With the increase in foreign trades, export reform remains an essential element for the economic success of the United States. Compliance with ever-evolving export regulations will be essential if US companies want to compete in the global market place. Understanding regulatory updates within ITAR, including product classification, brokering definitions, license exemptions and electronic data transfers will be necessary for improving operation efficiency and maintaining business opportunities.
marcus evans had the privilege to hear from Bob Schuettler before the upcoming 3rd Annual Advanced ITAR Compliance Conference. Below he shares with us his perspective on key issues facing the approval process when completing an ITAR license application, as well as challenges in export controls and implementing ITAR into internal policies within the organization.
Bob Schuettler joined Alliant Techsystems, Inc. in March 2011 as Director, Corporate Export Licensing. In this role, he is responsible for representing ATK's interests in effecting changes to export/import laws and regulations; engaging the USG and industry associations on behalf of ATK; formulating export/import reports to the USG; maintaining the corporations export/import registrations; and providing training, guidance and instruction to employees on licensing matters.
What recent changes to export controls have created the biggest challenge for you and are there any changes on the horizon that you would like to know more about?
Bob Schuettler: Based on recent changes to the regulations, the biggest challenge involves Dual/Third Country National employees of foreign parties. The changes to the ITAR can be of great benefit, but the challenge is in two areas: 1) ensuring foreign parties understand their options and the requirements, and then conveying the information back to the US Party; and 2) including the correct language in the Part 124 Agreement.
Professionals are eager to learn more about the proposed changes to the ITAR regarding Brokers and Brokering Activities. The DDTC has taken several attempts at changing ITAR Part 129 but all have left industry discouraged and concerned with the direction the Directorate is heading.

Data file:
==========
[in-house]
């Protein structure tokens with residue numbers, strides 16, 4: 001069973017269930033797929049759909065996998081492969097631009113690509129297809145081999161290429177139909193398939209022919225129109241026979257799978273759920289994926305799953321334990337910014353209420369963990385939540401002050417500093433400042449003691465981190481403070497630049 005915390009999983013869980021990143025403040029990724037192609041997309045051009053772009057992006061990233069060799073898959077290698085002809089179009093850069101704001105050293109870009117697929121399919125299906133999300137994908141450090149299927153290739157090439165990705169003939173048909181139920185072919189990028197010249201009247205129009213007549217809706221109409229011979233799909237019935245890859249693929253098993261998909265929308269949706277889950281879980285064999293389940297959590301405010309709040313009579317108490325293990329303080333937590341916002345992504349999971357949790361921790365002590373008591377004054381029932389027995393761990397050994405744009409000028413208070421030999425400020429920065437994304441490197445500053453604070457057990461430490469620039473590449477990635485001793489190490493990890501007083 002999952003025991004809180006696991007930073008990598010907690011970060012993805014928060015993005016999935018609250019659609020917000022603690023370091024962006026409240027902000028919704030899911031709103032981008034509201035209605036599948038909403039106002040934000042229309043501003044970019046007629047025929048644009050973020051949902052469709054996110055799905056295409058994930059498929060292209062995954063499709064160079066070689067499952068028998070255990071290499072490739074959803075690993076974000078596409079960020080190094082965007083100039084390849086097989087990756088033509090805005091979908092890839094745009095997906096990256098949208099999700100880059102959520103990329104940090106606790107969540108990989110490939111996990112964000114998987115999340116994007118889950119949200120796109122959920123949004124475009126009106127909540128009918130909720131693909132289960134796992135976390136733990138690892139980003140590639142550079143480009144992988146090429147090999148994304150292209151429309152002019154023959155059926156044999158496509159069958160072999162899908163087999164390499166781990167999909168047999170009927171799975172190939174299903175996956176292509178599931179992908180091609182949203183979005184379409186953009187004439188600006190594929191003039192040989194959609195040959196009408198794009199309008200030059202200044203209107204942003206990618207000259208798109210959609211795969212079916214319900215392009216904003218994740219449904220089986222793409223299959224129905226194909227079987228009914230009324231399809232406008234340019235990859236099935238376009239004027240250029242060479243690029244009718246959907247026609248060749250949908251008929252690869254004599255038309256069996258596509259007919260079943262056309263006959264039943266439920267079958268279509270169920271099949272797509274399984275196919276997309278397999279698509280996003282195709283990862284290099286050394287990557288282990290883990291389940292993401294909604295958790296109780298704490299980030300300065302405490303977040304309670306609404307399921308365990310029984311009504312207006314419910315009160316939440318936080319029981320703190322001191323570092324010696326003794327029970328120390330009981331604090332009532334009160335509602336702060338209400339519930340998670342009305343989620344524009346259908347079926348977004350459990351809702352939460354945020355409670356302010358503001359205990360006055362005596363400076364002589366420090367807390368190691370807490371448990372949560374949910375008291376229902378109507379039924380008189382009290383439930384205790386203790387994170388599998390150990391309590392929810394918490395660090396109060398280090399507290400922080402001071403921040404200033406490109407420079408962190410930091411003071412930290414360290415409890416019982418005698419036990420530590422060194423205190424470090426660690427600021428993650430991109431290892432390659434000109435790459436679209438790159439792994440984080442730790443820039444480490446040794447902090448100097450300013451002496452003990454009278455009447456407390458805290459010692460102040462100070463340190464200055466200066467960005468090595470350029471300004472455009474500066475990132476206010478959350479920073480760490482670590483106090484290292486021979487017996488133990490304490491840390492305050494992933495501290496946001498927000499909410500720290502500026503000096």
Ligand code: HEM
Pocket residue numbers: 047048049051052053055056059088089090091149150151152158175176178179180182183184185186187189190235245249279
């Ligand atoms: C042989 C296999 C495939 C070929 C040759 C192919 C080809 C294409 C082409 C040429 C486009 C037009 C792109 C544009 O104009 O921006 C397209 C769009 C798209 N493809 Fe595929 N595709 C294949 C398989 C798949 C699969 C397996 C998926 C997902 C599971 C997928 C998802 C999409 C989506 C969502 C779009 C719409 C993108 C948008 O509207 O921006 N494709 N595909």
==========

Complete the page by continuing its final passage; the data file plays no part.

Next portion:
What are the biggest challenges that professionals face with licenses and exemptions? How do you tackle these challenges?
BS: The biggest challenges I see with licenses and exemptions are ensuring: 1) the parties and commodities are captured in their entirety; 2) provisos are implemented and those that limit a transaction don't prohibit the core purpose of the transaction; 3) a discrete transaction is within the scope and limitations of the license or exemption; and 4) complete and accurate records are maintained.
The best way to tackle these challenges is through communication and education with your internal customer executing against the license or exemption. These are not activities that occur once at the outset of the transaction, instead they must be continuous as the program matures and new employees join the program.
What obstacles do you face when implementing ITAR into your internal policies and how important is employee training?
BS: The biggest obstacle when implementing ITAR into internal policies is awareness and training. Rarely does a policy only affect the ITAR professionals within an organization; most policies affect other functional areas. Bringing awareness and training of the policy to those other areas should start even before the policy is issued. Employees don't go around looking for policies to read, so if the policy is to have any hope of being successful and affecting change, training and awareness are the core of compliance.
What role does technology and data transfer play within ITAR and what industry efforts are being made to ensure compliance?
BS: Every transaction does, or at least, has the potential to involve technical data transfer. The means and methods of such transfers are constantly evolving and expanding. Unfortunately, the ITAR has not been as nimble or quick in its evolution. Many of the electronic methods and systems utilized for technical data transfers were not created with compliance in-mind; rather they were created with the intent to quickly share information amongst a group. Therefore, industry applies patches to manage, track and ensure compliance, which includes paper forms, independent electronic systems or expensive and customized overlay systems.
What do you believe attendees can gain most from attending this event?
BS: The conference faculty brings extensive expertise representing various opinions, backgrounds, and employer size. In addition, the attendees will hear first-hand experiences of the faculty and the other attendees. Many of those experiences will mirror challenges the attendees have encountered themselves or will encounter in their career. Besides the knowledge gained from the faculty and other attendees through these shared experiences, the attendees will leave armed with best practices, lessons learned and knowledge and confidence to affect changes within their organization and company.
For more information please contact Michele Westergaard, Senior Marketing Manager, Media & PR, Marcus Evans at 312-540-3000 ext. 6625 or Michelew@marcusevansch.com.
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